Hats off to you, Ms. Kitchener, as I await your next ambitious project.

  • Morgan Jerkins
    Jan 11, 2017

    Boy, I wish I would've had this book when I graduated from college back in 2014. Nevertheless, the book shows just how stressful and transformative that first year out of undergrad truly is.

  • M.E. Ficarra
    Apr 27, 2017

    Highly recommend! The first year out of college is a tough one for many women, who may find themselves suddenly removed from the tight-knit communities they developed--but no one really talks about it. Kitchener tackles the experiences of these five women with honesty and empathy, and I am grateful that she has shed some light on this shadowy, confusing, post-college period. At a time when many young women feel isolated, Kitchener shares a simple, but important message: you are not alone.

  • Jo Oehrlein
    Jun 04, 2017

    I can't imagine that Princeton PR is thrilled with the book. I don't think the school was presented in a good light during the book. I guess it's good that I have friends posting from Reunions 2017 this weekend to help balance things out.

    I know that she said that she tried to find really diverse people, but in some ways they weren't that diverse. Michelle (jazz singer) and Olivia (documentary producer) were both international students from extremely wealthy families. Of the 5 women, it seems tha

    I can't imagine that Princeton PR is thrilled with the book. I don't think the school was presented in a good light during the book. I guess it's good that I have friends posting from Reunions 2017 this weekend to help balance things out.

    I know that she said that she tried to find really diverse people, but in some ways they weren't that diverse. Michelle (jazz singer) and Olivia (documentary producer) were both international students from extremely wealthy families. Of the 5 women, it seems that 4 were going to end up in grad school quickly (Michelle already in conservatory, Alex in the online software engineering program, Caroline/author going to law school, and Denise going to medical school). None of them seemed to have a very strong sense of self and defined themselves in relation to others (even Olivia's rebellion seemed to be about being different than others rather than following her own heart/interests).

    I don't understand why Denise didn't wait another year for medical school applications. I know she had started, but she could have not finished and just waited until next year. It seems like it would have been better for the MCAT, better for her work, and better for her personally (she had really just now settled into a community in NYC and now she's leaving....). I do think things will work out well for her, but I was a little weirded out by how worried she was about admitting to people that she was "just" going to Emory.

    Olivia is all kinds of messed up. She wants to not be dependent on her parents, but was willing to be dependent on Michael for a long time. She put all that effort into the documentary (she didn't have time to even get a part-time job because she was investing so much time in her documentary) and then just gave it up. She's trying Buddhism, and rationalism, and psychedelic drugs, not to mention going back & forth with that Sugar Daddy thing.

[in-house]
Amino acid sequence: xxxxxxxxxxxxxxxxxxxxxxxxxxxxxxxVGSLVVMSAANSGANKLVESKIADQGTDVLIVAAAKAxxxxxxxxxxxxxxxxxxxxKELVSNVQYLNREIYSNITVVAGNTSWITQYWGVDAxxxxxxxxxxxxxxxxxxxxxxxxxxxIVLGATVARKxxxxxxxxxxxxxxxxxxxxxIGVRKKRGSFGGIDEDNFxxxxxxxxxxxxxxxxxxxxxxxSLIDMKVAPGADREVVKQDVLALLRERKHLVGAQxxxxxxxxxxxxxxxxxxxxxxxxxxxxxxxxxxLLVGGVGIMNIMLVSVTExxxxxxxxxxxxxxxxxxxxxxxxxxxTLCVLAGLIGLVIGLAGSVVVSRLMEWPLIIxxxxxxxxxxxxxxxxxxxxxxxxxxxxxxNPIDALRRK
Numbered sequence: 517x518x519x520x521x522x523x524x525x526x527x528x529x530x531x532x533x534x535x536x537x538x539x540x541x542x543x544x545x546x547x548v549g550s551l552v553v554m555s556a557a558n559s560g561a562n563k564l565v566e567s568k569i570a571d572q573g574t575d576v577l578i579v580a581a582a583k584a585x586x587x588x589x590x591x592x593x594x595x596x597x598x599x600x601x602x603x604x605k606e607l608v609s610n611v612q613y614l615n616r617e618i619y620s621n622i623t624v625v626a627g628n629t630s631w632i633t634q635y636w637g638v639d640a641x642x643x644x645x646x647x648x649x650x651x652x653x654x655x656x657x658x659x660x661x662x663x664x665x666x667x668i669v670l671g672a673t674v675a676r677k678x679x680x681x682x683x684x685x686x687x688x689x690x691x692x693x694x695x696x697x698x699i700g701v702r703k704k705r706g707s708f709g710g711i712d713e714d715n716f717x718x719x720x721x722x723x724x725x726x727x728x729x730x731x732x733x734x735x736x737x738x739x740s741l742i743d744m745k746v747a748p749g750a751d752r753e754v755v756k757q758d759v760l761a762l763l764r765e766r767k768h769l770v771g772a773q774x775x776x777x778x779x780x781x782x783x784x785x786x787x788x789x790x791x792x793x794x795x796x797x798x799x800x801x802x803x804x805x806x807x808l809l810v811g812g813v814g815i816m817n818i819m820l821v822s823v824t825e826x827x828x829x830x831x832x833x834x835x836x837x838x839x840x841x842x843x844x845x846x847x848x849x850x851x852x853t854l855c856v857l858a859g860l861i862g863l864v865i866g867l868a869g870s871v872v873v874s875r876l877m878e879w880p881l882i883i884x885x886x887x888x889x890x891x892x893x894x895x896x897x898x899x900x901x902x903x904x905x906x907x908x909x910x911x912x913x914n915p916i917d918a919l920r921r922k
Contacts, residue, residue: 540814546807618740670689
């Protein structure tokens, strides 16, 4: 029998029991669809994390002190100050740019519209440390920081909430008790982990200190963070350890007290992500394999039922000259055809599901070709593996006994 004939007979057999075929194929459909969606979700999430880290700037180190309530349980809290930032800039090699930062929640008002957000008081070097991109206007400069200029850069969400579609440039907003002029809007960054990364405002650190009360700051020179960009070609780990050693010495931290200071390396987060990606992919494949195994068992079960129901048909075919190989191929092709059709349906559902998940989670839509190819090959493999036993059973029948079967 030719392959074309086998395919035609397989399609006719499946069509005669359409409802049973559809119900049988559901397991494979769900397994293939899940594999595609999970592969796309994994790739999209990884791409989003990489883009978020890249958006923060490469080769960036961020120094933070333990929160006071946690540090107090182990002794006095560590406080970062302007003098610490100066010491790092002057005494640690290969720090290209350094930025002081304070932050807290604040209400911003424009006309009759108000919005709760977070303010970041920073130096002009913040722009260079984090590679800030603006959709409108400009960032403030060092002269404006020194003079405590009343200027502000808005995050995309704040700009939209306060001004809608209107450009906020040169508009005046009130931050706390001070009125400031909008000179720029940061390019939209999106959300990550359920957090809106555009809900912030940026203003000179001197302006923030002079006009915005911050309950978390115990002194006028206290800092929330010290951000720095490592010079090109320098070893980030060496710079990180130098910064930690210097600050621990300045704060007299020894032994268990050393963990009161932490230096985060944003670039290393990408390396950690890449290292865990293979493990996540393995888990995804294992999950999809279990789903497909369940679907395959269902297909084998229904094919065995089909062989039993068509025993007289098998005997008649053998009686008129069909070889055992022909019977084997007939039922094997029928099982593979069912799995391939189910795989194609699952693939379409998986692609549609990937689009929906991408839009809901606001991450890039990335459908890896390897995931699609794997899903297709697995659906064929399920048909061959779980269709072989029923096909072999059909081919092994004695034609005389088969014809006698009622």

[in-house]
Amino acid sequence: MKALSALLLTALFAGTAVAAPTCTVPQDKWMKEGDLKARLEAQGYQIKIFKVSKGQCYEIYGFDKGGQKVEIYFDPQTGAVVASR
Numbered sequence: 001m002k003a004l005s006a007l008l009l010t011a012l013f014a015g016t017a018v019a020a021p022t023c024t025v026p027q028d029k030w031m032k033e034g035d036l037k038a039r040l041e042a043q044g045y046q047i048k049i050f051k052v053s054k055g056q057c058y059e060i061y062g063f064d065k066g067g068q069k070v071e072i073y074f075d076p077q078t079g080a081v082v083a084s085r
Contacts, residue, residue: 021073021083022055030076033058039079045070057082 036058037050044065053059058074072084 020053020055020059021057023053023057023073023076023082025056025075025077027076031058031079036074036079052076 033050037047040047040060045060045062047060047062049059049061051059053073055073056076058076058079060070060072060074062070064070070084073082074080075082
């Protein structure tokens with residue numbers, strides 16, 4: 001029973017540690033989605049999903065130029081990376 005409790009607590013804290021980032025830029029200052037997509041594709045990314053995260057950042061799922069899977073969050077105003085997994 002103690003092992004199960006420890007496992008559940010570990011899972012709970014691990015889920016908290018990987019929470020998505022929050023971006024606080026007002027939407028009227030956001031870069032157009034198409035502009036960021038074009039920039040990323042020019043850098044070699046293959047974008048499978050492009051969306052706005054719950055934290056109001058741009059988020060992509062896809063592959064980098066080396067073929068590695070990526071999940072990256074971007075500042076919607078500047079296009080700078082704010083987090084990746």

I was trying to figure out if I thought it would be a stronger book if it didn't include the author. I think she let her own thoughts and feelings color a lot of it.

    I sort of get her social anxiety and sort of don't (and I do understand that anxiety isn't exactly rational). She intentionally chose a spot in a group house and then hid from all the people. She somehow lived there for 4+ months before realizing one of the others had gone to Princeton with her? (Although in another place, she said everyone else had lived there much longer and already formed their cliques.)

    There's all sorts of parental conflict going on. First, Alex, the lesbian daughter of a Southern Baptist minister. Wish that he could have been something more than an emotionally abusive caricature. Then, the author has issues with her mom. Michelle doesn't tell her folks what kind of jazz she's really doing. Olivia hasn't spoken to her parents in years. Only Denise seems to have a good relationship with her parents, and she talks to them far more than average -- it would have been nice to have a more normal relationship represented.

    There were several editing errors early on that made me cringe

    * geographical instead of geometrical

    * tan Microsoft computers (no such thing -- the only Microsoft computers are Surface tablets)

    * talking about Harlem public schools -- they're NYC public schools

    If this were written about me, then I'd want my name changed because this is just way too much information to be public.

  • Ellie
    May 24, 2017

    This book was a lot less

    than I expected. I realize this sounds a bit vague...that is, it read more like a story than a report. That wasn't a bad thing, and I was impressed with this woman, writing this just out of college. But I personally didn't really

    anything from it. It was a quick, interesting read--the five subjects of the book lead lives so completely different from my own, and everything they did was novel to me.

    Again, though, I didn't get any revelations from this. The f

    This book was a lot less